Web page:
Stevenson discusses gender dynamics in the labor market

March 29, 2022

Men and women experience the labor market very differently. Betsey Stevenson, professor of public policy and economics, who studies those differences notes that women's roles as caregivers, and a lack of affordable childcare or paid leave, are major factors.

"Most of us are caregivers for most of our lives, either to children or older adults, or somebody who needs our help. How much of our help they need waxes and wanes over our lifetime. Unfortunately, when it waxes, some people are forced out of the labor market," Stevenson said as a panelist for the Center for American Progress. "We don’t have a labor market that’s very forgiving that allows people to enter and exit easily. From a societal perspective, a system that allows us to take paid leave will help people stay attached to their jobs, which will help us be more productive as a nation."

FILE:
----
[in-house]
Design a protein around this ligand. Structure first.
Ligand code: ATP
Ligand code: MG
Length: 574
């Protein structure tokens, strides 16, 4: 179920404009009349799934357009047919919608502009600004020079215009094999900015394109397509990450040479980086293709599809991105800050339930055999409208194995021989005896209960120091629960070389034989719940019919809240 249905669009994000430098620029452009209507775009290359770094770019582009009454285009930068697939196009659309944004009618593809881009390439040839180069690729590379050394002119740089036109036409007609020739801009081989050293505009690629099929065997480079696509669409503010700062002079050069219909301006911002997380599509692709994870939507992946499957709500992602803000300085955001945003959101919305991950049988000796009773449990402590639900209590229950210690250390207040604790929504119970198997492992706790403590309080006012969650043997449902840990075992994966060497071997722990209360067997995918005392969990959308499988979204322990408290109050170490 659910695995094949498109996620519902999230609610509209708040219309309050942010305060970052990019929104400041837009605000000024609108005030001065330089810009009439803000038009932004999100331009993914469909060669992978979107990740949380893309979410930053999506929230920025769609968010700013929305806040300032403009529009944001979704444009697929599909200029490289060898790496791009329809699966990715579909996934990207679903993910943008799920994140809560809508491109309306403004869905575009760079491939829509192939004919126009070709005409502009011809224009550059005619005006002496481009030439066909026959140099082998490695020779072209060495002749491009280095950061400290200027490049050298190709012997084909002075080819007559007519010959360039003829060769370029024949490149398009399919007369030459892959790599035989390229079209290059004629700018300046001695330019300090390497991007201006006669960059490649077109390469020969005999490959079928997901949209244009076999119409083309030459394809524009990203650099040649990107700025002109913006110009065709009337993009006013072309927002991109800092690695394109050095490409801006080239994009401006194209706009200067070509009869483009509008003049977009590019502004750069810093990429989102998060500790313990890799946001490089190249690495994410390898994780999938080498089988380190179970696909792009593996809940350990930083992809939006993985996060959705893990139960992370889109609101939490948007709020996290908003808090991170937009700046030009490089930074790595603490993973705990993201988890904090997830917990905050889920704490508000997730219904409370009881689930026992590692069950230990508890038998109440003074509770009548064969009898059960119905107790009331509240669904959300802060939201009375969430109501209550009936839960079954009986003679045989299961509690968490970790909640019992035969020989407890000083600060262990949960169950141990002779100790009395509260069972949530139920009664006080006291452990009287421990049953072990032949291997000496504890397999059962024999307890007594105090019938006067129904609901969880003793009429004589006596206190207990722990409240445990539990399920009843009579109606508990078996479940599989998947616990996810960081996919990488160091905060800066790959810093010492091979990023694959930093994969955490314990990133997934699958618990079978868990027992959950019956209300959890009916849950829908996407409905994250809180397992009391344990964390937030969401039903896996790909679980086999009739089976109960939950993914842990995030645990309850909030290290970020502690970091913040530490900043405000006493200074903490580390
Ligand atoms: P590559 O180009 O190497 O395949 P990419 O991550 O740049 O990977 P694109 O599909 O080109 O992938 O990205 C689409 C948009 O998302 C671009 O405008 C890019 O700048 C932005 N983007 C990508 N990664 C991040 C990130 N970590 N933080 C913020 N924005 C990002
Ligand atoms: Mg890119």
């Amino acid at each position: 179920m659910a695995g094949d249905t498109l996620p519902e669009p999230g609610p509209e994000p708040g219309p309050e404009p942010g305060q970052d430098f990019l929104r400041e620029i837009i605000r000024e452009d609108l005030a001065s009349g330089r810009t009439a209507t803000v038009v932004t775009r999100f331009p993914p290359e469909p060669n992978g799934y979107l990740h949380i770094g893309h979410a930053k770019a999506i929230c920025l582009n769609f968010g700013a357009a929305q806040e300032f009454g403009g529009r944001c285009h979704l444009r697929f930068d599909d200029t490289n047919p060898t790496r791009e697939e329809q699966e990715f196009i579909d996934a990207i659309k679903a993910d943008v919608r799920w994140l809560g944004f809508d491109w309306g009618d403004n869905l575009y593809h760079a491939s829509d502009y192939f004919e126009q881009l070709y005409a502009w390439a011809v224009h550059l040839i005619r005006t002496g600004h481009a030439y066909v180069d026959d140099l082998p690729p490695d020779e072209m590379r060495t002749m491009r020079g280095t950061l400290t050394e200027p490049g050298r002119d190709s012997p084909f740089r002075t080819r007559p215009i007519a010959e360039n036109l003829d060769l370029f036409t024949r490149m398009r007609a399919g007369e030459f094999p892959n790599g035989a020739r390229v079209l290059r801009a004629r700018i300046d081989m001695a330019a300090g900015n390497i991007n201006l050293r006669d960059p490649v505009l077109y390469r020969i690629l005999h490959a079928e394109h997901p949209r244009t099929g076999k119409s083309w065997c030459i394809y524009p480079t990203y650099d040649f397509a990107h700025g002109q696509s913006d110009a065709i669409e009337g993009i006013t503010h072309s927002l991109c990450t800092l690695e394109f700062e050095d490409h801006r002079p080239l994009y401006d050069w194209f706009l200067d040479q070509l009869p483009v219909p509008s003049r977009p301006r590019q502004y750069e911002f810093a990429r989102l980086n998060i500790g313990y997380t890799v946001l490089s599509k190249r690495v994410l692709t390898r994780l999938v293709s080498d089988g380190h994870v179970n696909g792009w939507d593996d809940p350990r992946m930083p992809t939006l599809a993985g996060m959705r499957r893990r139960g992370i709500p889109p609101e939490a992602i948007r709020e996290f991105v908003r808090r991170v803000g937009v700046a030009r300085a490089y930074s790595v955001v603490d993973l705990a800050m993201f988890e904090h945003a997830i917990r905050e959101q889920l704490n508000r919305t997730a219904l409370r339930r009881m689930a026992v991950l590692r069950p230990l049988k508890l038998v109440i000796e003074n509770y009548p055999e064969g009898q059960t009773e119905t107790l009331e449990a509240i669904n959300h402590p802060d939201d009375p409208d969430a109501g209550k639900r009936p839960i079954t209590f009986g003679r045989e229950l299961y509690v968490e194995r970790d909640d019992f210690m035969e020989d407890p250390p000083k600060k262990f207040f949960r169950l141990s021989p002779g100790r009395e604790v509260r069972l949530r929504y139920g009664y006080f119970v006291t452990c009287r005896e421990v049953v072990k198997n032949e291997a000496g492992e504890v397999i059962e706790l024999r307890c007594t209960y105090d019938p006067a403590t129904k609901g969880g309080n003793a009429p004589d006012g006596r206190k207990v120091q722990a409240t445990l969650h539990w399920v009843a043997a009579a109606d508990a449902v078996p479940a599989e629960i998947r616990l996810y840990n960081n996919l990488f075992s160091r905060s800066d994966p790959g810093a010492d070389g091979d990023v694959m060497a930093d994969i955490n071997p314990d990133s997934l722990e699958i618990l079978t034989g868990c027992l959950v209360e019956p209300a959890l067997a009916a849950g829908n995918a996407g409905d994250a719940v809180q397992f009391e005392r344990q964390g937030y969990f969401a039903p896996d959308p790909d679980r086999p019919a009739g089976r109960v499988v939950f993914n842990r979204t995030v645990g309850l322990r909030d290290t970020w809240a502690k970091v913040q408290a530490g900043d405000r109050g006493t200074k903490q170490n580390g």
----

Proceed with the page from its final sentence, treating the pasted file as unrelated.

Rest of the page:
While a new report shows that younger women have closed the pay gap or are outpacing their male counterparts in nearly two dozen U.S. metropolitan areas, Stevenson told The Washington Post that men and women start more or less on an even footing but wage disparities widen over time. 

"The older a woman is, the more time she has had to have been passed up for a promotion, to have gotten a slighter smaller raise compared to an equivalent male colleague, or to have made a career sacrifice for her family," she said.

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